Second entry on Wien; Philharmoniker, lab work, and Franz

I was applying mascara in my room this morning when I saw my gray hair. It lives in my bangs and sometimes lies very prominently, right in the middle of my forehead. I like it. To me it implies I’m getting wiser and through this process becoming kinder, to both myself and everyone I meet. I’m also pleased that it doesn’t bother me, that I welcome it to my head.

Somewhat surprisingly, being in Vienna reminds me of my first meditation retreat in Herefordshire, England. The institute where I live and work is adjacent to a hilly forest, and the building where I sleep, drink tea, and eat Mozart Kugel is rather squat and compressed, like it has been here for a long time. The meditation center was also in a little forest and the living quarters used to be for livestock and farm hands long ago. Another similarity is that I often feel alone here, as I did at the center. Although almost everyone here speaks wonderful English, I often feel separate, different, and spend a good deal of time being quiet. “Being quiet” is a firm requirement at the meditation center, so in this way I feel an additional parallel.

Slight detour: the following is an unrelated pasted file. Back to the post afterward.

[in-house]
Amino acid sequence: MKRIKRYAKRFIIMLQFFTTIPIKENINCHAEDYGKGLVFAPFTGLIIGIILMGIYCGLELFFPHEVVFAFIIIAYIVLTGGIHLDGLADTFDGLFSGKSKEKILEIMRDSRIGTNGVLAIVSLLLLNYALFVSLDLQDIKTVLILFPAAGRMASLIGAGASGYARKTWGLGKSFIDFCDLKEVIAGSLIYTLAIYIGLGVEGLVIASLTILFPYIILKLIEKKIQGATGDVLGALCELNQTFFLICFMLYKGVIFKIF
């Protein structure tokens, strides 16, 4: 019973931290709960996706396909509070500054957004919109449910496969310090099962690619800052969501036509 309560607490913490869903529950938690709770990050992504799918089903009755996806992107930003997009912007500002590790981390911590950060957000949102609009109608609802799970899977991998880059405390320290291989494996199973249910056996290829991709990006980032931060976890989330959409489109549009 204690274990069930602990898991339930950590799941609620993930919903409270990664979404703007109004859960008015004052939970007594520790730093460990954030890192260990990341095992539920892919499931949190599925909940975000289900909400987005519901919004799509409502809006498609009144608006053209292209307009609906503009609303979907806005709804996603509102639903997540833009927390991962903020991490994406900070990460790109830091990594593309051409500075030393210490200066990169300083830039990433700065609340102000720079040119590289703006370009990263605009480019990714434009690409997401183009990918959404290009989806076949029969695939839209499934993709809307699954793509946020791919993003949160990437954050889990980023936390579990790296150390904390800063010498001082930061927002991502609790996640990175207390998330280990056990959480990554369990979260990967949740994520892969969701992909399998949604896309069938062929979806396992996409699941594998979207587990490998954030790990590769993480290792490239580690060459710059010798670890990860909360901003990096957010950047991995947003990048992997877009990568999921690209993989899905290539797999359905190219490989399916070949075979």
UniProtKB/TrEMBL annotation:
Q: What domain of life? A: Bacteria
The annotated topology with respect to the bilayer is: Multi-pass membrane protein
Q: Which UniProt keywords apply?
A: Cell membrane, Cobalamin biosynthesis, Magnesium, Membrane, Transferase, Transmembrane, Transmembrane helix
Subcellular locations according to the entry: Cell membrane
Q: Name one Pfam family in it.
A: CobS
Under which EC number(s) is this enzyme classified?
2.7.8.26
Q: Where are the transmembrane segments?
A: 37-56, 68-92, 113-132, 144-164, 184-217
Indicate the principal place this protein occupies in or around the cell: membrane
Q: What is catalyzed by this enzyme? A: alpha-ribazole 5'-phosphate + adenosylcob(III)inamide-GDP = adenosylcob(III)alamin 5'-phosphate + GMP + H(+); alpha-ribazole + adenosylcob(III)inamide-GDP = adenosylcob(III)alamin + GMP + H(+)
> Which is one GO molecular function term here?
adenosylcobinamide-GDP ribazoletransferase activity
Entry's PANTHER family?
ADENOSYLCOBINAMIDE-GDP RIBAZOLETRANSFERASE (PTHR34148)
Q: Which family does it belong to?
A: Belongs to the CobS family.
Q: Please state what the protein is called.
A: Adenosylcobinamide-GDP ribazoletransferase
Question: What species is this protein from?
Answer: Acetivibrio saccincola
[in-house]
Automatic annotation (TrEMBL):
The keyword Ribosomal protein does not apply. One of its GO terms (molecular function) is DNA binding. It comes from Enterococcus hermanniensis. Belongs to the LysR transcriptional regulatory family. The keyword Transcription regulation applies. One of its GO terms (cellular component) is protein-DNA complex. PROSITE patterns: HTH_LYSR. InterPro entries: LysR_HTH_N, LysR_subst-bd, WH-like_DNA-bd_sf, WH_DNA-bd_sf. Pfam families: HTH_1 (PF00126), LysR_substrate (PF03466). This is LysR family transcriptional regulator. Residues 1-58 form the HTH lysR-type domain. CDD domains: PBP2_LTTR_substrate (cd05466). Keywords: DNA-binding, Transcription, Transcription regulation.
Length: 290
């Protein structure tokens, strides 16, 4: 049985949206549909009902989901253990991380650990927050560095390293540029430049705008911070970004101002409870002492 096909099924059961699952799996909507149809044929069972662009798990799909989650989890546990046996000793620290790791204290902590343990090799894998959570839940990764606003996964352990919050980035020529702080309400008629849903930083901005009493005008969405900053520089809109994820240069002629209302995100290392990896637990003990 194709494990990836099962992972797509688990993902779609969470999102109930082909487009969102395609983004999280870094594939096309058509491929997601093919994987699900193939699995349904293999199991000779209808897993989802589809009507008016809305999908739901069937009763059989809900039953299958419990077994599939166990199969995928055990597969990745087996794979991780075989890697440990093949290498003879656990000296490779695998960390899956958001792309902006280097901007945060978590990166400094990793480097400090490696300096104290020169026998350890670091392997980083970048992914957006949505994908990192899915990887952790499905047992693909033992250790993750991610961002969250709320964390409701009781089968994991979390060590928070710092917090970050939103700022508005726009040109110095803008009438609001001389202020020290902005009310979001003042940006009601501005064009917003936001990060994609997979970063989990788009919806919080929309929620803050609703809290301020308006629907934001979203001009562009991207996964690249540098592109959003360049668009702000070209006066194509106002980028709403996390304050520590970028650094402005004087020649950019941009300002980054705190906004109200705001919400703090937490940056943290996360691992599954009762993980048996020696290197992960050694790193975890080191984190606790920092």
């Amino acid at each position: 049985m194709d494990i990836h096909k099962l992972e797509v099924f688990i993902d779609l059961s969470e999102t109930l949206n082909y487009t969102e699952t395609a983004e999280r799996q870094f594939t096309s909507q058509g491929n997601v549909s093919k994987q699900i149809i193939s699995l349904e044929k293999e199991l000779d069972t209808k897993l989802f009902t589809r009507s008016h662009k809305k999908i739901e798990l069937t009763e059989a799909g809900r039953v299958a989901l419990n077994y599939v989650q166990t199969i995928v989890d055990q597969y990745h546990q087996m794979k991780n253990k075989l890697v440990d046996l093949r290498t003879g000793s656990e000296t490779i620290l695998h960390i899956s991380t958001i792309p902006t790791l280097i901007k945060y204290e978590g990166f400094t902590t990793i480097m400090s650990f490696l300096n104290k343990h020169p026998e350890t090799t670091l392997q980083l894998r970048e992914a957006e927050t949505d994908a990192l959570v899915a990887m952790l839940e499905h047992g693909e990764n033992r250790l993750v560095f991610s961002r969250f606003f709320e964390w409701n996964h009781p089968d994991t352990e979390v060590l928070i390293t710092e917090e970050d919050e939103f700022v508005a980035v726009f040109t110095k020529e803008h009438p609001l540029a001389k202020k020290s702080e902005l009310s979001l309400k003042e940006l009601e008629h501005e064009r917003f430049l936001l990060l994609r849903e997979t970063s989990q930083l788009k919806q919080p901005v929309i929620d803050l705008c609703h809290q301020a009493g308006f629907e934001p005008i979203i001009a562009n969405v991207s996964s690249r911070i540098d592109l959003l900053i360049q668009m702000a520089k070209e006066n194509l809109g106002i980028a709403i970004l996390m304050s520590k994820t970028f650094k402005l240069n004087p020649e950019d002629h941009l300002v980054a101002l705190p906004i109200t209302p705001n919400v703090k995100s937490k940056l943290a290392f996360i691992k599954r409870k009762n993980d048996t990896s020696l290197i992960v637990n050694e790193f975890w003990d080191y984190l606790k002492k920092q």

(Please stay tuned for how I will link my one gray bang hair with remarks on resemblances between this ecological research institute in Vienna and a silent meditation retreat in rural England).

Due to uncharacteristic bothering and steadfastness, I secured a (free) ticket to the Vienna Philharmonic last Sunday morning. I arrived at the box office a half hour before they opened and waited in the chilly shadow of the building it was housed in. After being admitted, I confidently walked to the counter and said, “Hallo.” (There is always a moment right before initiate a conversation with an Austrian where I get a little nervous that it’s obvious that I won’t be able to go past “Hallo”). The woman also said, “Hallo.” I said, “I don’t know German.” (Very typical conversation starter for me in Vienna).

Ticket lady: Yes, what do you want?
Me: Can I please buy a ticket?
TL: What?! No. There are no tickets.
M: Really? There’s nothing I can do? No standing room tickets?
TL: Sigh…come back five minutes before the concert and see if there are any that weren’t picked up.
M: Okay, danke schön.
TL: You’re welcome.

I wandered around sunny Vienna. It was crisp. I found myself in an antiques show in a mall and little kitschy trinket stores full of Mozart’s face. I also poked my head into the National Library, which I plan to really explore tomorrow.

I meandered back to the box office. The woman told me to sit, that I was too early, so I sat. I was too determined to be put off by her brusque attitude. She probably has to deal with stubborn, naïve Americans all the time…ones who think they can just waltz in and buy a Vienna Philharmonic ticket an hour before the performance!